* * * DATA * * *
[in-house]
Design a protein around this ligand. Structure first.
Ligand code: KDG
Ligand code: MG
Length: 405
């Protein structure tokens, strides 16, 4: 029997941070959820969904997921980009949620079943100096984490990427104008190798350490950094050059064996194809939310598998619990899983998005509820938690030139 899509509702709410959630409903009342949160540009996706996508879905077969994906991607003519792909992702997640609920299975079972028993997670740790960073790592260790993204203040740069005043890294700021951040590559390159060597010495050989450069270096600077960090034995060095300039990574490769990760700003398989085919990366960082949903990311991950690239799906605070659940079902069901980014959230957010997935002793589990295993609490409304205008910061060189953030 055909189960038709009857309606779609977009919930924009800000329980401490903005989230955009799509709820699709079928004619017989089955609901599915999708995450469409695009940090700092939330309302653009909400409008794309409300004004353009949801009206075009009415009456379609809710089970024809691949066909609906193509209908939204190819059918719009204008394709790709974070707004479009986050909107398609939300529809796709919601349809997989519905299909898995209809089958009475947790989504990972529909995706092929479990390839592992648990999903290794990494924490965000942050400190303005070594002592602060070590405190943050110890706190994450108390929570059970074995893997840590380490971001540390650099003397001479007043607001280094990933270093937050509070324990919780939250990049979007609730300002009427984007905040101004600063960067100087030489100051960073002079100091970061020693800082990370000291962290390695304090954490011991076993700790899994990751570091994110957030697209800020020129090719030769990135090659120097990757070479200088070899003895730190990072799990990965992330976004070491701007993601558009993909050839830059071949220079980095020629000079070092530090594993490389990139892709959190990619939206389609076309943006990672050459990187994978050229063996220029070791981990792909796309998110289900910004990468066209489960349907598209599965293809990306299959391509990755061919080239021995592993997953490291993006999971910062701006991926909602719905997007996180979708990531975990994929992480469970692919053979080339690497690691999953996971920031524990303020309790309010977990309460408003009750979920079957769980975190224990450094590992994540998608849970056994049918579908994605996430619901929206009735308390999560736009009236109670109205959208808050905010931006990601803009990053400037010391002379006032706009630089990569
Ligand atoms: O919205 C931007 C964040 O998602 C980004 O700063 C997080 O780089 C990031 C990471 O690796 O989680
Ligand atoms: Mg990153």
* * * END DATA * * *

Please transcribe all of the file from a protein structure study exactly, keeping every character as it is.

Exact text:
[in-house]
Design a protein around this ligand. Structure first.
Ligand code: KDG
Ligand code: MG
Length: 405
């Protein structure tokens, strides 16, 4: 029997941070959820969904997921980009949620079943100096984490990427104008190798350490950094050059064996194809939310598998619990899983998005509820938690030139 899509509702709410959630409903009342949160540009996706996508879905077969994906991607003519792909992702997640609920299975079972028993997670740790960073790592260790993204203040740069005043890294700021951040590559390159060597010495050989450069270096600077960090034995060095300039990574490769990760700003398989085919990366960082949903990311991950690239799906605070659940079902069901980014959230957010997935002793589990295993609490409304205008910061060189953030 055909189960038709009857309606779609977009919930924009800000329980401490903005989230955009799509709820699709079928004619017989089955609901599915999708995450469409695009940090700092939330309302653009909400409008794309409300004004353009949801009206075009009415009456379609809710089970024809691949066909609906193509209908939204190819059918719009204008394709790709974070707004479009986050909107398609939300529809796709919601349809997989519905299909898995209809089958009475947790989504990972529909995706092929479990390839592992648990999903290794990494924490965000942050400190303005070594002592602060070590405190943050110890706190994450108390929570059970074995893997840590380490971001540390650099003397001479007043607001280094990933270093937050509070324990919780939250990049979007609730300002009427984007905040101004600063960067100087030489100051960073002079100091970061020693800082990370000291962290390695304090954490011991076993700790899994990751570091994110957030697209800020020129090719030769990135090659120097990757070479200088070899003895730190990072799990990965992330976004070491701007993601558009993909050839830059071949220079980095020629000079070092530090594993490389990139892709959190990619939206389609076309943006990672050459990187994978050229063996220029070791981990792909796309998110289900910004990468066209489960349907598209599965293809990306299959391509990755061919080239021995592993997953490291993006999971910062701006991926909602719905997007996180979708990531975990994929992480469970692919053979080339690497690691999953996971920031524990303020309790309010977990309460408003009750979920079957769980975190224990450094590992994540998608849970056994049918579908994605996430619901929206009735308390999560736009009236109670109205959208808050905010931006990601803009990053400037010391002379006032706009630089990569
Ligand atoms: O919205 C931007 C964040 O998602 C980004 O700063 C997080 O780089 C990031 C990471 O690796 O989680
Ligand atoms: Mg990153």